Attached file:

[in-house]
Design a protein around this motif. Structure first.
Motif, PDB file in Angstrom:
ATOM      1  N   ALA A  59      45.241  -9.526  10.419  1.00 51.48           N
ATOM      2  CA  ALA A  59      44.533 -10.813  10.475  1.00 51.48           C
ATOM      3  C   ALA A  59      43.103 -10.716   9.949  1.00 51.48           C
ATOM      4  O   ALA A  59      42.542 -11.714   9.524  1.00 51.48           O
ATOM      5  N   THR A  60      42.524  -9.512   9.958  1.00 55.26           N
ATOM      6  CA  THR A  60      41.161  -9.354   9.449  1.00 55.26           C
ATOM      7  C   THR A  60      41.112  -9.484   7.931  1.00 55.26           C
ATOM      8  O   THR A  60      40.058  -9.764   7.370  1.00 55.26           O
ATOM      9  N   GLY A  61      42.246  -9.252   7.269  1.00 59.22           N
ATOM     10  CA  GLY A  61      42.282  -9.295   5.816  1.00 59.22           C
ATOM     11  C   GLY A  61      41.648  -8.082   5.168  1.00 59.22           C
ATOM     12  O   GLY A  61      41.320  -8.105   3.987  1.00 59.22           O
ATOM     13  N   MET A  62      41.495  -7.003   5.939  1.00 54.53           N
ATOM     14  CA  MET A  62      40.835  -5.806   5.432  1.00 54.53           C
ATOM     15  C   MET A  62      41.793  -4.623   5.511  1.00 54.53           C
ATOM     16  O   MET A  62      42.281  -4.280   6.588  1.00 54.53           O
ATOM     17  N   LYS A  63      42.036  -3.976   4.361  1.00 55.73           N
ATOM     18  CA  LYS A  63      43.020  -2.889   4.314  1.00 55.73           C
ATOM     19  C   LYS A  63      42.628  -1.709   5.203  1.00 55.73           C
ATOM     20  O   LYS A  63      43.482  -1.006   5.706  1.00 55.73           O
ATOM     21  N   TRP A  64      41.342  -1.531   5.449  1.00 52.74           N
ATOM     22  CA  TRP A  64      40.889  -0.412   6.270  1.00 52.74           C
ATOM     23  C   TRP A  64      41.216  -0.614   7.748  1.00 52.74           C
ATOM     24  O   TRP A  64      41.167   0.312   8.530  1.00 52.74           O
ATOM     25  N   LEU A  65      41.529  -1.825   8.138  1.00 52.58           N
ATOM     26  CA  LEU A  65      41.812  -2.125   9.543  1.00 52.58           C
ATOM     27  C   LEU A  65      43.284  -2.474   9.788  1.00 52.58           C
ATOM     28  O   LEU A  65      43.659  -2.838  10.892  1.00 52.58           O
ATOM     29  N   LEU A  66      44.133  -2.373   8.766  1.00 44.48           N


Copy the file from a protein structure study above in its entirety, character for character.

[in-house]
Design a protein around this motif. Structure first.
Motif, PDB file in Angstrom:
ATOM      1  N   ALA A  59      45.241  -9.526  10.419  1.00 51.48           N
ATOM      2  CA  ALA A  59      44.533 -10.813  10.475  1.00 51.48           C
ATOM      3  C   ALA A  59      43.103 -10.716   9.949  1.00 51.48           C
ATOM      4  O   ALA A  59      42.542 -11.714   9.524  1.00 51.48           O
ATOM      5  N   THR A  60      42.524  -9.512   9.958  1.00 55.26           N
ATOM      6  CA  THR A  60      41.161  -9.354   9.449  1.00 55.26           C
ATOM      7  C   THR A  60      41.112  -9.484   7.931  1.00 55.26           C
ATOM      8  O   THR A  60      40.058  -9.764   7.370  1.00 55.26           O
ATOM      9  N   GLY A  61      42.246  -9.252   7.269  1.00 59.22           N
ATOM     10  CA  GLY A  61      42.282  -9.295   5.816  1.00 59.22           C
ATOM     11  C   GLY A  61      41.648  -8.082   5.168  1.00 59.22           C
ATOM     12  O   GLY A  61      41.320  -8.105   3.987  1.00 59.22           O
ATOM     13  N   MET A  62      41.495  -7.003   5.939  1.00 54.53           N
ATOM     14  CA  MET A  62      40.835  -5.806   5.432  1.00 54.53           C
ATOM     15  C   MET A  62      41.793  -4.623   5.511  1.00 54.53           C
ATOM     16  O   MET A  62      42.281  -4.280   6.588  1.00 54.53           O
ATOM     17  N   LYS A  63      42.036  -3.976   4.361  1.00 55.73           N
ATOM     18  CA  LYS A  63      43.020  -2.889   4.314  1.00 55.73           C
ATOM     19  C   LYS A  63      42.628  -1.709   5.203  1.00 55.73           C
ATOM     20  O   LYS A  63      43.482  -1.006   5.706  1.00 55.73           O
ATOM     21  N   TRP A  64      41.342  -1.531   5.449  1.00 52.74           N
ATOM     22  CA  TRP A  64      40.889  -0.412   6.270  1.00 52.74           C
ATOM     23  C   TRP A  64      41.216  -0.614   7.748  1.00 52.74           C
ATOM     24  O   TRP A  64      41.167   0.312   8.530  1.00 52.74           O
ATOM     25  N   LEU A  65      41.529  -1.825   8.138  1.00 52.58           N
ATOM     26  CA  LEU A  65      41.812  -2.125   9.543  1.00 52.58           C
ATOM     27  C   LEU A  65      43.284  -2.474   9.788  1.00 52.58           C
ATOM     28  O   LEU A  65      43.659  -2.838  10.892  1.00 52.58           O
ATOM     29  N   LEU A  66      44.133  -2.373   8.766  1.00 44.48           N